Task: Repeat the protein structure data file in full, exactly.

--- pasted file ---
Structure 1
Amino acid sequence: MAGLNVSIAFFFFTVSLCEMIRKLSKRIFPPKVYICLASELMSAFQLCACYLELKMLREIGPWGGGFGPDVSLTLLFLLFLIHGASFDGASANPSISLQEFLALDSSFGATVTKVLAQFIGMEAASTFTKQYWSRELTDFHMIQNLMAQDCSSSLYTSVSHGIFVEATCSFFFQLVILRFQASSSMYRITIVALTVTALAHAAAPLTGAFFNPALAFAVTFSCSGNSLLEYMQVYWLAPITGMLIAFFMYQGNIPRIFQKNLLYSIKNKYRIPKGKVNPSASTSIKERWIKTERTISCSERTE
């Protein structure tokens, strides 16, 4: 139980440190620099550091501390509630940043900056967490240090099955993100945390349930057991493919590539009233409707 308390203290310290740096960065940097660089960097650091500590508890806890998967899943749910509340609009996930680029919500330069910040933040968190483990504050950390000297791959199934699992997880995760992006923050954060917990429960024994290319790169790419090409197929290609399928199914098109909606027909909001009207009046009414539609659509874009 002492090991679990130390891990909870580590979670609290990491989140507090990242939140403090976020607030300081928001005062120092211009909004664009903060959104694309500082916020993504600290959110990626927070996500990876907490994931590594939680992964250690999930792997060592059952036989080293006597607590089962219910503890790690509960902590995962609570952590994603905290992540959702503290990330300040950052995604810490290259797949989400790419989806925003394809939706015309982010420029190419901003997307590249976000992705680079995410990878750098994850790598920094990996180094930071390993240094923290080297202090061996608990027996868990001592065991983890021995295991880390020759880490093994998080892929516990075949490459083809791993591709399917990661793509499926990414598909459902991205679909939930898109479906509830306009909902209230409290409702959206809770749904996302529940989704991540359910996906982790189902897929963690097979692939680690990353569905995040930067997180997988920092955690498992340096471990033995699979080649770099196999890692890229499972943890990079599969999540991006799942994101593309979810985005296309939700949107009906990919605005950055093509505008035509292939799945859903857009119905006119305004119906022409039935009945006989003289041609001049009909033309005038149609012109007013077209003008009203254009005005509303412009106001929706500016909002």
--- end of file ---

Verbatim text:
Structure 1
Amino acid sequence: MAGLNVSIAFFFFTVSLCEMIRKLSKRIFPPKVYICLASELMSAFQLCACYLELKMLREIGPWGGGFGPDVSLTLLFLLFLIHGASFDGASANPSISLQEFLALDSSFGATVTKVLAQFIGMEAASTFTKQYWSRELTDFHMIQNLMAQDCSSSLYTSVSHGIFVEATCSFFFQLVILRFQASSSMYRITIVALTVTALAHAAAPLTGAFFNPALAFAVTFSCSGNSLLEYMQVYWLAPITGMLIAFFMYQGNIPRIFQKNLLYSIKNKYRIPKGKVNPSASTSIKERWIKTERTISCSERTE
């Protein structure tokens, strides 16, 4: 139980440190620099550091501390509630940043900056967490240090099955993100945390349930057991493919590539009233409707 308390203290310290740096960065940097660089960097650091500590508890806890998967899943749910509340609009996930680029919500330069910040933040968190483990504050950390000297791959199934699992997880995760992006923050954060917990429960024994290319790169790419090409197929290609399928199914098109909606027909909001009207009046009414539609659509874009 002492090991679990130390891990909870580590979670609290990491989140507090990242939140403090976020607030300081928001005062120092211009909004664009903060959104694309500082916020993504600290959110990626927070996500990876907490994931590594939680992964250690999930792997060592059952036989080293006597607590089962219910503890790690509960902590995962609570952590994603905290992540959702503290990330300040950052995604810490290259797949989400790419989806925003394809939706015309982010420029190419901003997307590249976000992705680079995410990878750098994850790598920094990996180094930071390993240094923290080297202090061996608990027996868990001592065991983890021995295991880390020759880490093994998080892929516990075949490459083809791993591709399917990661793509499926990414598909459902991205679909939930898109479906509830306009909902209230409290409702959206809770749904996302529940989704991540359910996906982790189902897929963690097979692939680690990353569905995040930067997180997988920092955690498992340096471990033995699979080649770099196999890692890229499972943890990079599969999540991006799942994101593309979810985005296309939700949107009906990919605005950055093509505008035509292939799945859903857009119905006119305004119906022409039935009945006989003289041609001049009909033309005038149609012109007013077209003008009203254009005005509303412009106001929706500016909002």